Experts are of the view that Delhi’s water woes are as much due to its own poor water management and the tussle over supply. So far, the political drama over the water crisis in the city has largely centered on the bickering between officials of the two states- Delhi and Haryana. Delhi has claimed that its request to Haryana to supply its share of water has not been met. “People of Delhi are bound to face acute shortage of water as Haryana has arbitrarily and drastically curtailed raw water supply,” Delhi’s Ex Chief Minister Sheila Dikshit said in a statement previously. In response, Haryana’s Chief Minister Bhupendra Singh Hooda had said that Delhi is getting more than its due share, and that Haryana can’t be held responsible for Delhi’s wastage.
This was one of the reasons that the Aam Aadmi Party ( AAP) won electoral support in Delhi may have been its pledges to provide 700 litres of free drinking water each day. The fact that they did not stay long enough in power to fulfill their promise is another story. The substantial support for Arvind Kejriwal’s party stems from the fact that 15.6% of Delhi’s urban households and 29.7% of its rural ones don’t get sufficient drinking water throughout the year, well above the all-India average, according to a National Sample Survey Organisation (NSSO) survey.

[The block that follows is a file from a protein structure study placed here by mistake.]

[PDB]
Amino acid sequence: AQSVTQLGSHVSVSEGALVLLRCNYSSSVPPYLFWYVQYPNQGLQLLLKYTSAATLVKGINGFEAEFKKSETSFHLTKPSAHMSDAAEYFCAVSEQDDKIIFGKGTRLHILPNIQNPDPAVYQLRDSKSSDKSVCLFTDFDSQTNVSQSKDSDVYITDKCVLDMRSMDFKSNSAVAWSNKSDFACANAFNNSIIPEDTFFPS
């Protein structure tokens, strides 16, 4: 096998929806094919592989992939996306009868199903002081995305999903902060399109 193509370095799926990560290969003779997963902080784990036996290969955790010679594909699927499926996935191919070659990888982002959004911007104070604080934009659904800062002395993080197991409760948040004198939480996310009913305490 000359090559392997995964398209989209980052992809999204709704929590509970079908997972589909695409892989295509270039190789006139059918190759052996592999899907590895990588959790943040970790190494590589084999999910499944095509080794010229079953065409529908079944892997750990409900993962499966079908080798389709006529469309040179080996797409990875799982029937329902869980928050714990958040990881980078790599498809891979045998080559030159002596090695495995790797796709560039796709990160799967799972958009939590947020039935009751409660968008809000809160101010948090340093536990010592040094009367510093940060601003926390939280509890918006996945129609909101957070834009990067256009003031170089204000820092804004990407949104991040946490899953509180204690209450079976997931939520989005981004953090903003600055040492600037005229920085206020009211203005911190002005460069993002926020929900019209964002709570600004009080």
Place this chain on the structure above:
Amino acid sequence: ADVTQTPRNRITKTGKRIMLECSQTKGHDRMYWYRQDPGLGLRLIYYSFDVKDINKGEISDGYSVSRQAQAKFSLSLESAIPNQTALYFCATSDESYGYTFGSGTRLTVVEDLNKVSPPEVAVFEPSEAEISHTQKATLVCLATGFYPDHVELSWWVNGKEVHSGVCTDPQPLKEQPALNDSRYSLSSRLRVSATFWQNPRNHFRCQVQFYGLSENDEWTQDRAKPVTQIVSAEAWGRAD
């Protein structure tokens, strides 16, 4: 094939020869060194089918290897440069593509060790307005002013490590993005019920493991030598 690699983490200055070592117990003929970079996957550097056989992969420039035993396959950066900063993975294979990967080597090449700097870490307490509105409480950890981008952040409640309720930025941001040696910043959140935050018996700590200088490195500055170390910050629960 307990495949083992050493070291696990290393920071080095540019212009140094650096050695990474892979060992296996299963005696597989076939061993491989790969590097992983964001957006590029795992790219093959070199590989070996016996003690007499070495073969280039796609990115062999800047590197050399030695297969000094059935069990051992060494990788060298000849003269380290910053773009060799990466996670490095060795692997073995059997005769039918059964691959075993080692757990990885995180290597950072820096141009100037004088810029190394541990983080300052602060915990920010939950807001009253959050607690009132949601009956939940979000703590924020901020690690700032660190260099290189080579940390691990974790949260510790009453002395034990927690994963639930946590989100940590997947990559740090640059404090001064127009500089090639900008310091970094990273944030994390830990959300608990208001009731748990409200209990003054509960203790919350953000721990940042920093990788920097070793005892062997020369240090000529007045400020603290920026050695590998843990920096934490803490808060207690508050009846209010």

How do Delhi’s urban slum dwellers meet their water supply needs?
We visited Kusumpur village, located right next to Vasant Vihar- one of South Delhi ‘s poshest neighbourhood to find out.
Delhi ‘s water distribution is grossly inequitable. Two-thirds of the city’s population gets only 5% of the 3,600 million litres that are officially supplied, whereas the rich and privileged in get a staggering 400-500 litres per capita every day. There are some 1,600 unauthorised colonies and 1,100 slums waiting to get tap water. Not only have the rich been the prime beneficiaries of subsidised water, they pay a pittance of Rs 1.6 for a cubic metre of water — the lowest in the country. What’s more, the water crisis hasn’t deterred the city from adding new settlements. Given the fact that Delhi ‘s existing water sources have been milked to capacity, how the capital city will meet the growing demand for water remains a compelling question for both planners and politicians.
In India: Access to water has increased strongly over the past decade but a 2007 study from the Asian Development Bank reported that no major Indian city distributes clean water for more than a few hours a day. In rural areas, the contamination of rivers and wells is an increasing problem caused in part by the rapid depletion of the ground water table. We have many interesting articles which talk about the water supply problem and its impact on health.To read more, click here.